For years, health conscious people have been taking antioxidants to reduce the levels of reactive oxygen in their blood and prevent the DNA damage done by free radicals, which are the result of oxidative stress. But could excessive use of antioxidants deplete our immune systems?
Research at UCLA's Jonsson Comprehensive Cancer Center has raised that question.
It has been known for decades that reactive oxygen species (ROS) - ions or very small molecules that include free radicals - damage cells. But much to their surprise, Jonsson Cancer Center researchers found that in Drosophila, the common fruit fly, moderately elevated levels of ROS are a good thing.
These small molecules act as an internal communicator, signaling certain blood precursor cells, or blood stem cells, to differentiate into immune-bolstering cells in reaction to a threat. After the progenitor cells differentiate, the ROS levels return to normal, ensuring the safety and survival of the mature blood cells, said Utpal Banerjee, a Jonsson Cancer Center researcher and senior author of the study.
The study is published in the Sept. 24, 2009 issue of the peer-reviewed journal Nature.
The new finding was launched when Banerjee and his team set out to discover why fruit flies had naturally occurring, slightly elevated levels of ROS in their blood cell precursors, which is atypical of most other precursor cells.
"Reducing levels of reactive oxygen is usually the goal, and what we found was surprising," said Banerjee, professor and chairman of the molecular, cell, and developmental biology department at UCLA. "Most stem cells don't want to be damaged, so they have very low ROS levels. We wanted to know why this was different in the cells that we were investigating."
Banerjee discovered that when ROS was taken away in the blood stem cells, they failed to differentiate into the immune-bolstering cells, called macrophages. On the other hand, when levels of ROS were further increased by genetic means, the blood stem cells "differentiated like gang busters," Banerjee said, making a large number of macrophages.
But how did this happen? The ROS, Banerjee said, acted as a signaling mechanism that kept the blood stem cells in a certain state – when levels rose, it was a message to the cell to differentiate.
The implications from the finding are several fold, Banerjee said. The blood stem cells are stress sensing cells, their function is to sense conditions that increase oxidative stress and react with an immune response. Keeping their ROS levels slightly elevated puts the cells on alert, sensitized and ready to respond to any threat quickly.
That sparked a question: If fruit fly blood stem cells and mammalian blood stem cells operate in the same way, is it a good thing for people to be taking antioxidants? Are antioxidants dulling the immune system and its ability to react to threats?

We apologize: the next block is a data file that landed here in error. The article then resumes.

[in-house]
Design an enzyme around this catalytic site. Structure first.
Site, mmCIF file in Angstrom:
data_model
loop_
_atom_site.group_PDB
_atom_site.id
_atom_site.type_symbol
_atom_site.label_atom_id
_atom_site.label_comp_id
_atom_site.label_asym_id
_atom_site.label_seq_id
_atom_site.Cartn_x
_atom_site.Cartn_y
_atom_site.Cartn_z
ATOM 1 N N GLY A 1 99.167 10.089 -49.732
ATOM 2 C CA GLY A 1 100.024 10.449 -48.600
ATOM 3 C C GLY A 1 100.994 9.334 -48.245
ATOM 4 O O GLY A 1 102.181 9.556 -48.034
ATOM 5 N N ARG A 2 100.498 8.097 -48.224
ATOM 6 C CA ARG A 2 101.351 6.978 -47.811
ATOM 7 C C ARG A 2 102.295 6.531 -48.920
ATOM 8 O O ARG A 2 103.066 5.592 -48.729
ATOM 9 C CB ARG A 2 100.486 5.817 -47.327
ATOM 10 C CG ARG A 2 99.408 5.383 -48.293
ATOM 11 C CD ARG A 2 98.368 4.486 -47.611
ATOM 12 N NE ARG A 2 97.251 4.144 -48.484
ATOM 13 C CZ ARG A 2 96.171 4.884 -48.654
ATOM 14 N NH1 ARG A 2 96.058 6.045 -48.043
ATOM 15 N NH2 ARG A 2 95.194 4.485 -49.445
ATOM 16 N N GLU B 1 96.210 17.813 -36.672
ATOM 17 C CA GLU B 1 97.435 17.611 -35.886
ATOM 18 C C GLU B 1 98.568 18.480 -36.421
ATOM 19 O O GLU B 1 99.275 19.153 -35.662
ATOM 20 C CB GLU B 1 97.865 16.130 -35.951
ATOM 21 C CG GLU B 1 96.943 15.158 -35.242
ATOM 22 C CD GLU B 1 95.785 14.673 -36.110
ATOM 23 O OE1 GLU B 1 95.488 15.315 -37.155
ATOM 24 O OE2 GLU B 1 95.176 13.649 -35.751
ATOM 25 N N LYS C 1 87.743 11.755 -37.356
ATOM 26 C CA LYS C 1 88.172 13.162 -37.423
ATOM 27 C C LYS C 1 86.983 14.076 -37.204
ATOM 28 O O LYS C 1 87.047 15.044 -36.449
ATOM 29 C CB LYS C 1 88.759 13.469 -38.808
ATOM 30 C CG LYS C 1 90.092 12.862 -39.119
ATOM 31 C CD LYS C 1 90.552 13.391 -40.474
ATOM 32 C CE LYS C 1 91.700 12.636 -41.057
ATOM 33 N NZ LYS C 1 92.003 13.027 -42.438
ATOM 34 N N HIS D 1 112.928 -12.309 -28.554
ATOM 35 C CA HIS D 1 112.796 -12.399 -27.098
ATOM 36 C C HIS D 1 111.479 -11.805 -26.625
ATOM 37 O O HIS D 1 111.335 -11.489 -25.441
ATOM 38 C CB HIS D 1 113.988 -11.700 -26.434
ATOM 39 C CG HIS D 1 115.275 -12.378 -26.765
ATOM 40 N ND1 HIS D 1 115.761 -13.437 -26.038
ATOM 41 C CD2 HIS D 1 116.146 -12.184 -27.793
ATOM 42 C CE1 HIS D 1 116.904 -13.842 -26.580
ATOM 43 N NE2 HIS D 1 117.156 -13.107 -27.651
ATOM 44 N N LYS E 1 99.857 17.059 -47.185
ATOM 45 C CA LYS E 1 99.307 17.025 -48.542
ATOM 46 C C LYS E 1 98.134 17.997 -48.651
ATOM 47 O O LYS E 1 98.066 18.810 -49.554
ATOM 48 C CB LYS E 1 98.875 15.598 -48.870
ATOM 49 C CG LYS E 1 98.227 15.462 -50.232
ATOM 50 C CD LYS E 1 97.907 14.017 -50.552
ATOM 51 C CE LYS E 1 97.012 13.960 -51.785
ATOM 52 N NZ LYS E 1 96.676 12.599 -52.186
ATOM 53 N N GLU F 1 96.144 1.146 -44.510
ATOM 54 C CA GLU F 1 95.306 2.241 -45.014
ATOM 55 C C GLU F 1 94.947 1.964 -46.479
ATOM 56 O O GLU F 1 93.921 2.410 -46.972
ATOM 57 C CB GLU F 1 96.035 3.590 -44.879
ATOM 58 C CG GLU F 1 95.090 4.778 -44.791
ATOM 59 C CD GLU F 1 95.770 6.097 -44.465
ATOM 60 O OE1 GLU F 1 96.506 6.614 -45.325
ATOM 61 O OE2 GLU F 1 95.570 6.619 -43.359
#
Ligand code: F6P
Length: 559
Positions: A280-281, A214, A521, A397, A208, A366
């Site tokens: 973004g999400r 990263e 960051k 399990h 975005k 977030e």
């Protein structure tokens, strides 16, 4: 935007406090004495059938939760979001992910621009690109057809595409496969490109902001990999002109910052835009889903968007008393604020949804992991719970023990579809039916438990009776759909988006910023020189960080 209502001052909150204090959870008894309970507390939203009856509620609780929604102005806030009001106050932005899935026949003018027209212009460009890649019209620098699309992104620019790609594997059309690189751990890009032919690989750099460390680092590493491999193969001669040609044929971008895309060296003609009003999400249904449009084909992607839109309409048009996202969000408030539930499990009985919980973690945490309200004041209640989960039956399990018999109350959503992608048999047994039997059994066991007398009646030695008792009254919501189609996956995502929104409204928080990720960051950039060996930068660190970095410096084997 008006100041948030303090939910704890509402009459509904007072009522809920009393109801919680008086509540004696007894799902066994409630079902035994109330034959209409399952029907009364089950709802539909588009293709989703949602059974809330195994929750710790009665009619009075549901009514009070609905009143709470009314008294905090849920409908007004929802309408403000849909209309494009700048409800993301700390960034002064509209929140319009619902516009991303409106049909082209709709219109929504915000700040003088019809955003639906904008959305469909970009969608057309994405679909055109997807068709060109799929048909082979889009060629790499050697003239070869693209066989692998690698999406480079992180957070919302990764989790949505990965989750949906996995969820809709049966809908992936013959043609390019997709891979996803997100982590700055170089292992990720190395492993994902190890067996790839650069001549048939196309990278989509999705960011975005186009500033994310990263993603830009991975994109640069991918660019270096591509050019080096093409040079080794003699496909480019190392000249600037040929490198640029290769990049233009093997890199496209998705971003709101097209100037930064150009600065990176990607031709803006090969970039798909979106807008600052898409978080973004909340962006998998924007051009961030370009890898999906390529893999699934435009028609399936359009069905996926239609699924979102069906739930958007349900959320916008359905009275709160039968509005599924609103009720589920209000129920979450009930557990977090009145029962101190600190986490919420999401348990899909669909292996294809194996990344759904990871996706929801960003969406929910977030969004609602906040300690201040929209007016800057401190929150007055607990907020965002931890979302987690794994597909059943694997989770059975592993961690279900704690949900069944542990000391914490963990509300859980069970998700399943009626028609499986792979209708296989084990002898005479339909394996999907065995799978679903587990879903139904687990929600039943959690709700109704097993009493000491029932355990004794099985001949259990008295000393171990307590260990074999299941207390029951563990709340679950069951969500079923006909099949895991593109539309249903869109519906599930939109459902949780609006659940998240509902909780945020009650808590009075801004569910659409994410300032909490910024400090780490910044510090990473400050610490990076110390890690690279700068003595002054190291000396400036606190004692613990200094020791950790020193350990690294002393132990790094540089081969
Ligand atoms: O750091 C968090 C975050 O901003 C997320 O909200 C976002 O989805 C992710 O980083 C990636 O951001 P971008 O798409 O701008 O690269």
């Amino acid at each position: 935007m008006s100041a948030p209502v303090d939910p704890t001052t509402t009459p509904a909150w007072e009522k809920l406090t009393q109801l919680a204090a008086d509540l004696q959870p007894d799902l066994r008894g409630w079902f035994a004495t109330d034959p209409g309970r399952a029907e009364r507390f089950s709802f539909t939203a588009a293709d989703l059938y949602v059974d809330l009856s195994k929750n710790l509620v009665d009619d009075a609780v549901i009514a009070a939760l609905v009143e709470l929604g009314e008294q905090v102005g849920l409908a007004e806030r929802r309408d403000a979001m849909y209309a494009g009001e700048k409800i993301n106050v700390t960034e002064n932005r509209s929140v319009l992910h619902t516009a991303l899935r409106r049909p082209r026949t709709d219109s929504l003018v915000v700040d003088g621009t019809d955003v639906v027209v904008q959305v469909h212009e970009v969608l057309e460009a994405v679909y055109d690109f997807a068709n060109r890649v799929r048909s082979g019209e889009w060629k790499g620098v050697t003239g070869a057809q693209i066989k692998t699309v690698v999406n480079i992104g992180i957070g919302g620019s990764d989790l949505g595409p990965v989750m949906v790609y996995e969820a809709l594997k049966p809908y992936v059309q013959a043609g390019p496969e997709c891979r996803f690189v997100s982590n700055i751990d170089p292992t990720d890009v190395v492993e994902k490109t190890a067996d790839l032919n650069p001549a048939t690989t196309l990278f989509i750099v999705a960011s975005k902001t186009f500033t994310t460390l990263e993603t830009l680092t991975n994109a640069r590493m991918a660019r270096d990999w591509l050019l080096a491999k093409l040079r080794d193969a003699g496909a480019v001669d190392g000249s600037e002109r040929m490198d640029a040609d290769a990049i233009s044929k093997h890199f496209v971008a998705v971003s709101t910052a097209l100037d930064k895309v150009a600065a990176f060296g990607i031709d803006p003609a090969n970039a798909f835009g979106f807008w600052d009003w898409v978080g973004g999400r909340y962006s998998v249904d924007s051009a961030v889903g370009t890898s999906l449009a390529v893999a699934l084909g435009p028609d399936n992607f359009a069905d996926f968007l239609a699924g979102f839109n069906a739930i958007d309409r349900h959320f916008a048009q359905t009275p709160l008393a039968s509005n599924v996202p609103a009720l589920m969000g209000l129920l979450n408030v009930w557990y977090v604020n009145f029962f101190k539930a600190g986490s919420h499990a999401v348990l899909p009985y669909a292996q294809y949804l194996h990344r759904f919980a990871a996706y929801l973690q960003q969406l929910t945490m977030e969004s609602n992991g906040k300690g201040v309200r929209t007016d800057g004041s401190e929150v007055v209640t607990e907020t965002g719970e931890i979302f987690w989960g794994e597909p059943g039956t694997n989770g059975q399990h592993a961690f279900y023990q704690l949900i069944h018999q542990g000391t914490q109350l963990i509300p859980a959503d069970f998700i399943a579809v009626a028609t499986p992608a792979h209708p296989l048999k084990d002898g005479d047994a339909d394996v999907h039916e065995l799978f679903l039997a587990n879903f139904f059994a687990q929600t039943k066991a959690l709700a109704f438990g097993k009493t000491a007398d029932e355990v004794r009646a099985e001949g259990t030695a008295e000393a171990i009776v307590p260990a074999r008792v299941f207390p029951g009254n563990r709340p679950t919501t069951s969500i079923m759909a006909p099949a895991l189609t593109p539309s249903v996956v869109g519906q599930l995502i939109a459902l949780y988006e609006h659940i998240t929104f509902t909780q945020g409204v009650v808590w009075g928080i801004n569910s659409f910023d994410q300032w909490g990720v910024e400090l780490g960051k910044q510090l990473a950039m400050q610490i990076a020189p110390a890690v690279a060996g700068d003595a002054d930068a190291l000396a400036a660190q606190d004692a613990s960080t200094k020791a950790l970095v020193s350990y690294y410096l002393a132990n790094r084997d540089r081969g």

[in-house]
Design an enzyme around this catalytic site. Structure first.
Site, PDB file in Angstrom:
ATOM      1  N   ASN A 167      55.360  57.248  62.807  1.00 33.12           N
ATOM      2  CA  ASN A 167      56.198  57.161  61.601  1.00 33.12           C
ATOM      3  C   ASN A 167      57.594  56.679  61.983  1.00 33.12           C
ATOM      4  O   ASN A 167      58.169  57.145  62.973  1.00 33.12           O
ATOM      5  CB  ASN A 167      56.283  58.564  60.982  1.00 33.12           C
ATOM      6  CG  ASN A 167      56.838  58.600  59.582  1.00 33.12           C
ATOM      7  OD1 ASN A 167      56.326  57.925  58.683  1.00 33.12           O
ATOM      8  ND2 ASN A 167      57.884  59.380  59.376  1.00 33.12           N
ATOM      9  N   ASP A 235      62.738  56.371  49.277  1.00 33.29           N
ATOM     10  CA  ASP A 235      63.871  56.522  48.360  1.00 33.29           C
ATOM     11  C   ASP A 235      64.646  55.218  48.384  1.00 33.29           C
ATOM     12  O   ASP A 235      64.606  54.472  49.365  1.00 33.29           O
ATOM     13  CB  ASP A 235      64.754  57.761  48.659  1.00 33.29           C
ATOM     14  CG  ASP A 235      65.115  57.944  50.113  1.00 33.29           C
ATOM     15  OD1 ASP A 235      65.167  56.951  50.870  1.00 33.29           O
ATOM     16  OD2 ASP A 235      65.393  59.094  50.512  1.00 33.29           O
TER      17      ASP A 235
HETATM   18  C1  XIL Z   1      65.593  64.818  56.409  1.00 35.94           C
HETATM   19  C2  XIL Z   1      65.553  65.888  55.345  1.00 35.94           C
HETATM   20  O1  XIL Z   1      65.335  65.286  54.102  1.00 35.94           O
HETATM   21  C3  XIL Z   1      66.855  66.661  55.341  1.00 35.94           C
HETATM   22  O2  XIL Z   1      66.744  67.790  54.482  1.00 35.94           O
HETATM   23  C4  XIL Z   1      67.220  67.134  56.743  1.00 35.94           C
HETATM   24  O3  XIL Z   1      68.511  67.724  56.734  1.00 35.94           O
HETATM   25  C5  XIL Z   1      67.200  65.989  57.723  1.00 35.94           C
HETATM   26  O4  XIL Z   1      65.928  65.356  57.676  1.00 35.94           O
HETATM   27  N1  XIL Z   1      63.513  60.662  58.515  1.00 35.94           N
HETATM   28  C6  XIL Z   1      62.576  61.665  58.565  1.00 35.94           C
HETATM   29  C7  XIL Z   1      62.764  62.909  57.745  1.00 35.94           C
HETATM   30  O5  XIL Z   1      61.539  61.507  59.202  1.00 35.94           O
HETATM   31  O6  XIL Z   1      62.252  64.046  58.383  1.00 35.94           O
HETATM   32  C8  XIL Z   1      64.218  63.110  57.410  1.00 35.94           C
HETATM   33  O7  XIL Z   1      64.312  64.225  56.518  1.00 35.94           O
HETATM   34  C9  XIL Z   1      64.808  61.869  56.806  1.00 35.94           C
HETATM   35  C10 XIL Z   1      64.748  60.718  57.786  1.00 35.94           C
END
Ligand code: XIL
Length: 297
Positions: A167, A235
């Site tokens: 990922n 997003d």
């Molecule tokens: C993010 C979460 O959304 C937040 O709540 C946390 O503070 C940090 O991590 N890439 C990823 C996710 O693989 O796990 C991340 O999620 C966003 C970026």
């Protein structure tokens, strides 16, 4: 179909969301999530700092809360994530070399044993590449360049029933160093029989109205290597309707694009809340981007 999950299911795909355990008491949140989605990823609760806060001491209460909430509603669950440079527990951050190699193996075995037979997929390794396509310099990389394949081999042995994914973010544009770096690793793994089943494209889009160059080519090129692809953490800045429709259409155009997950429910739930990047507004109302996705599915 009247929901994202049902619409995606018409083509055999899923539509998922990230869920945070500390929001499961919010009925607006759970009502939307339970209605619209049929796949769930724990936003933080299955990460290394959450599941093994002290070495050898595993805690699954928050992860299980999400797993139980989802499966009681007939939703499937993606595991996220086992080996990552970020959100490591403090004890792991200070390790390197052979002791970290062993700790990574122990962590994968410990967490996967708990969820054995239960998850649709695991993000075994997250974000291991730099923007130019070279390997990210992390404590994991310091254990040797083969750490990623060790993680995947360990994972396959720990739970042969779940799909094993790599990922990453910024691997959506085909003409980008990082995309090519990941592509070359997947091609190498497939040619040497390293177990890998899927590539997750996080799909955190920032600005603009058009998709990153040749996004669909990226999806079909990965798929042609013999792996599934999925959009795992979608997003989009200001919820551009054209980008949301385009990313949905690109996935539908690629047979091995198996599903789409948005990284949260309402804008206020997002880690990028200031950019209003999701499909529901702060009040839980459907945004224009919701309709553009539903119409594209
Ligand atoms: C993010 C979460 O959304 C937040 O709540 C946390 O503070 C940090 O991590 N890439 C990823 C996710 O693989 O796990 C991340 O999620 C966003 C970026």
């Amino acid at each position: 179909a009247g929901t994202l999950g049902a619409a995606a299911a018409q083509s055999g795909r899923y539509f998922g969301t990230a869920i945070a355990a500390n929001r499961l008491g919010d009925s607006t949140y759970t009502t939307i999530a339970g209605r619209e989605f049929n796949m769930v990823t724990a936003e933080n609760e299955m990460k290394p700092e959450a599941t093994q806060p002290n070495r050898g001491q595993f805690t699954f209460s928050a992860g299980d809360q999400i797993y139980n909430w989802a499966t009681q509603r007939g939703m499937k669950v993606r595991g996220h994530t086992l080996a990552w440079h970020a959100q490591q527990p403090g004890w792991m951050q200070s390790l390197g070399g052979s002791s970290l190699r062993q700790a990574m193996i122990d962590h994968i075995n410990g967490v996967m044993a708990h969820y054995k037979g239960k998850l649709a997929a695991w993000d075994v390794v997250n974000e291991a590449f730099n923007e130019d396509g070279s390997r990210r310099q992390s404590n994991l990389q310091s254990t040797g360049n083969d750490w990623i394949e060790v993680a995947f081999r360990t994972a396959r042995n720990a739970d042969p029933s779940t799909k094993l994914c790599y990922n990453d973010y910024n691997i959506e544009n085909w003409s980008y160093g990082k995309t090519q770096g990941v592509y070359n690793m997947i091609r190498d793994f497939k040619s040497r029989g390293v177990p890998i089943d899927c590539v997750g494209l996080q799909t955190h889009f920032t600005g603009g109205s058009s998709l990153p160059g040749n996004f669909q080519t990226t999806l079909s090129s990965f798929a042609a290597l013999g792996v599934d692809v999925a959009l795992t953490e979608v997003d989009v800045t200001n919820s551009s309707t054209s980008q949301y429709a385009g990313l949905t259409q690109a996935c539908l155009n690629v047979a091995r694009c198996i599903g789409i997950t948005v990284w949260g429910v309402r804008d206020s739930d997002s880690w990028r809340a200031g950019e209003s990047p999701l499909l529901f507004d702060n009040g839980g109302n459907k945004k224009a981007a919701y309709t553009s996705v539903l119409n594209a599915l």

"On the one hand, it's good to have antioxidants to reduce the amount of reactive oxygen in our body that causes DNA damage," Banerjee said. "But if we find that those blood stem cells aren't primed to respond because the ROS levels are reduced, that would not be a good thing. Our findings raise the possibility that wanton overdose of antioxidant products may in fact inhibit formation of cells participating in innate immune response."
It is known that certain types of mammalian blood stem cells, called common myeloid progenitors, do have elevated levels of ROS, but it isn't known whether those levels operate as messengers for differentiation. Studies of mammalian systems are needed to determine why ROS levels are elevated and what, if any, function that serves in the cell. It is interesting, however, that these types of blood progenitors in mammals also give rise to macrophages, Banerjee said.
"What we found is that the fruit fly keeps its own ROS levels in the blood stem cells slightly high for its own benefit," Banerjee said. "We do not have any direct evidence that this is true in humans, but our results suggest that further studies are needed to investigate a possible signaling role for ROS in the differentiation of precursor cells in mammalian myeloid cell development and oxidative stress response."
UCLA's Jonsson Comprehensive Cancer Center has more than 240 researchers and clinicians engaged in disease research, prevention, detection, control, treatment and education. One of the nation's largest comprehensive cancer centers, the Jonsson center is dedicated to promoting research and translating basic science into leading-edge clinical studies. In July 2009, the Jonsson Cancer Center was named among the top 12 cancer centers nationwide by U.S. News & World Report, a ranking it has held for 10 consecutive years. For more information on the Jonsson Cancer Center, visit our website at http://www.cancer.ucla.edu.
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